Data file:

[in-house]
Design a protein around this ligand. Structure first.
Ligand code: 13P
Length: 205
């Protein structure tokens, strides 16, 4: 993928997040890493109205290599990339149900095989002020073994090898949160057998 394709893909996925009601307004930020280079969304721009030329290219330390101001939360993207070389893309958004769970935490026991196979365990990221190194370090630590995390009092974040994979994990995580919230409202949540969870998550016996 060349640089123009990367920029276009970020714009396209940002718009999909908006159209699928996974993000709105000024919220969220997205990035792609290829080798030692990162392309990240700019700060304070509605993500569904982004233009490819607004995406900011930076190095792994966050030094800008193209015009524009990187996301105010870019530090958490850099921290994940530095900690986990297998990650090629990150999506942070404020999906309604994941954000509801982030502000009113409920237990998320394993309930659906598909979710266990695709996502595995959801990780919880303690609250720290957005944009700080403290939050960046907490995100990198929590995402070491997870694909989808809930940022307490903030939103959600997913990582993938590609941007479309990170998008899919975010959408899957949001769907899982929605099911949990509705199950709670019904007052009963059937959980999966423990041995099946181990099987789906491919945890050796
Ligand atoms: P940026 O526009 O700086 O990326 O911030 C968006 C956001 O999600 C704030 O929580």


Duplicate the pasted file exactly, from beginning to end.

[in-house]
Design a protein around this ligand. Structure first.
Ligand code: 13P
Length: 205
């Protein structure tokens, strides 16, 4: 993928997040890493109205290599990339149900095989002020073994090898949160057998 394709893909996925009601307004930020280079969304721009030329290219330390101001939360993207070389893309958004769970935490026991196979365990990221190194370090630590995390009092974040994979994990995580919230409202949540969870998550016996 060349640089123009990367920029276009970020714009396209940002718009999909908006159209699928996974993000709105000024919220969220997205990035792609290829080798030692990162392309990240700019700060304070509605993500569904982004233009490819607004995406900011930076190095792994966050030094800008193209015009524009990187996301105010870019530090958490850099921290994940530095900690986990297998990650090629990150999506942070404020999906309604994941954000509801982030502000009113409920237990998320394993309930659906598909979710266990695709996502595995959801990780919880303690609250720290957005944009700080403290939050960046907490995100990198929590995402070491997870694909989808809930940022307490903030939103959600997913990582993938590609941007479309990170998008899919975010959408899957949001769907899982929605099911949990509705199950709670019904007052009963059937959980999966423990041995099946181990099987789906491919945890050796
Ligand atoms: P940026 O526009 O700086 O990326 O911030 C968006 C956001 O999600 C704030 O929580």